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Today, the Communist Party's restrictions on religion help sects flourish. China's 18 state-sanctioned Protestant seminaries can't graduate enough ministers, and in the countryside, believers commonly outnumber ordained preachers 50,000 to one—not enough shepherds for an expanding flock. The unavailability of rural health-care means that "seven out of 10 converts come to faith through illness" after people pray for their recovery, estimates Faye Pearson, a teacher at China's biggest seminary, in Nanjing. Many of these converts have scarcely read the Bible. Without strong doctrinal leadership, it's a prescription for heterodoxy. "I'm not sure that most rural Christians are well enough grounded in Christianity to even know they're in a sect," says Daniel Bays, a historian of Chinese Christianity at Calvin College in Michigan.
A typical country church, this one outside Dengfeng county is run by a lay minister who has received no special training on dealing with strange sects. It is poor. The pulpit is a red flounce curtain draped over a desk; broken windows let the swirling central China dust coat the whitewashed walls. The biggest single expenditure this year was the $25 the congregation gave its most desperate members to celebrate the lunar new year. Every Sunday 150 peasants crowd onto low wooden benches to receive the Word, including a gray-haired woman known as Granny He.
On a chilly night three autumns ago, a young woman in her 20s walked past the chickens scratching in Granny He's courtyard and knocked on her red wooden door. The caller had done her research: she knew Granny He was Christian and that her husband, a teacher, spent time away. They talked about God for two hours that evening, and for longer on subsequent nights. Then the visitor arranged for a rare luxury—a car to drive Granny He to worship in someone's home. There, she and seven other believers sat facing the preacher. He said the Jesus of the Bible is the old one. The new Jesus has come, and she will destroy the earth. They sang hymns that the new savior had written to the tunes of familiar revolutionary ditties like Communist Party, My Loving Mama. Granny He returned four more times. On occasion, when the spirit moved them, they danced. "I half believed and half doubted," she says. A month later, concerned relatives forbade her to attend any more meetings. Sundays now find her back on the country church's wooden benches, but she sounds ambivalent about Lightning: "I don't think they harm people's spirit."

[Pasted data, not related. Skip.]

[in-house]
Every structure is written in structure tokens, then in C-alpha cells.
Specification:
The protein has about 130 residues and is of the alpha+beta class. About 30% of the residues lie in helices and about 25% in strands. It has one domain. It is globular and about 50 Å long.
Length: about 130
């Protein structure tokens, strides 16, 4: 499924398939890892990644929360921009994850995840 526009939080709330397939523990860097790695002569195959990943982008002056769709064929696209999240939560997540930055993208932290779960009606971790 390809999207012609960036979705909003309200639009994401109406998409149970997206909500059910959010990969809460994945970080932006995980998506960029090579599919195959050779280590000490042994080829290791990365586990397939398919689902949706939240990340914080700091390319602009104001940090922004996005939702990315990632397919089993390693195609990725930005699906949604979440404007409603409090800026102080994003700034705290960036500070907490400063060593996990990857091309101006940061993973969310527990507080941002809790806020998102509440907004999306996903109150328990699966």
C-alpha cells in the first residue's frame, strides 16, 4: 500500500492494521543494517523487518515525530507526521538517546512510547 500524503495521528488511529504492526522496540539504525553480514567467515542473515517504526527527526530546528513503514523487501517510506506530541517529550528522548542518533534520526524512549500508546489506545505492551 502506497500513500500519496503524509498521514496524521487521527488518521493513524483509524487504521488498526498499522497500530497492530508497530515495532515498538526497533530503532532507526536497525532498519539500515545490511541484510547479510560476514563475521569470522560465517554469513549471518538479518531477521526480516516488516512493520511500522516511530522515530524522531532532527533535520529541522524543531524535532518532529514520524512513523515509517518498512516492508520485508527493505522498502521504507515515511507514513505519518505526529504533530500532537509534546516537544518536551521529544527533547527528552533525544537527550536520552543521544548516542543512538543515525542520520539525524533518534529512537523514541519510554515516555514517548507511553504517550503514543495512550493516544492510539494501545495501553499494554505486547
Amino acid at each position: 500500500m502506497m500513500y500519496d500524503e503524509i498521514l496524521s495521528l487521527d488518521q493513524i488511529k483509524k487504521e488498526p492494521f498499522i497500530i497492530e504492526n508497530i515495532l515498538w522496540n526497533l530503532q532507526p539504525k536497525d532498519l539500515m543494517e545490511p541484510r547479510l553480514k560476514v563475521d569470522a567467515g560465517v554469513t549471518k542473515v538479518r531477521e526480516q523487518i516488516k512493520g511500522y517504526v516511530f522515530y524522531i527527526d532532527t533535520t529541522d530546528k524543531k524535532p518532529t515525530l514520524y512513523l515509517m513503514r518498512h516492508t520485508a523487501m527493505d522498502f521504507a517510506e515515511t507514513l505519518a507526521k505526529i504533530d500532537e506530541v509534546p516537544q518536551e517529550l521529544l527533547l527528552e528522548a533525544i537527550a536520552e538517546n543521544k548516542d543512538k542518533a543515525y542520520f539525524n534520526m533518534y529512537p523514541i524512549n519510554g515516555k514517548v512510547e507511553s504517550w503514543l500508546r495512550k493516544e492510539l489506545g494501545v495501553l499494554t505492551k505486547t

Granny He's experience was a textbook piece of evangelism. The sect's most trusted members receive a 67-page missionary manual explaining the dos and don'ts of conversion. Do start slowly, lend money, convince converts that God's work is incomplete and, finally, that doomsday is coming and Jesus has arrived to complete that work. Don't tell them until they are firm believers that the new Jesus will destroy the Great Red Dragon, which in the Bible represents Satan but to Lightning represents China. And if anybody asks why the "all-powerful" new Jesus must hide from police, the answer is that "there's a time for secrecy and a time for openness, but she has her plan," says Joseph Yu, a believer who arrived in New York City two years ago.
Sometimes, the plan seems unfathomable. A 60-year-old woman from Zhengzhou says Lightning devotees invited her to teach the Bible in their homes last year. They drove her to an unfamiliar village and presented her with a screaming and trembling man. They instructed her to cast out his devil. She couldn't. Then a Lightning follower prayed and sure enough the devil vanished, proving the woman's God was false, they said. Frightened, she acknowledged that her God seemed less powerful. Still, they held her nine more days, until her minister tracked her down and sought the police. She is too afraid to be quoted by name. "The other day I dreamed that they piled onto my bed and wouldn't leave," she said in a phone interview.
Lightning from the East has burrowed further underground in China. But already its followers hand out leaflets in Chinatowns in New York City and San Francisco. Lightning could soon strike the West.
- Source: Jesus Is Back, and She's Chinese: A bizarre religious sect is preying on China's rural Christian congregations, Matthew Forney Dengfeng. With reporting by Joe Pappalardo and Johanna Ransmeier/New York. TIME magazine, Nov. 5, 2001, Vol. 158. No. 18
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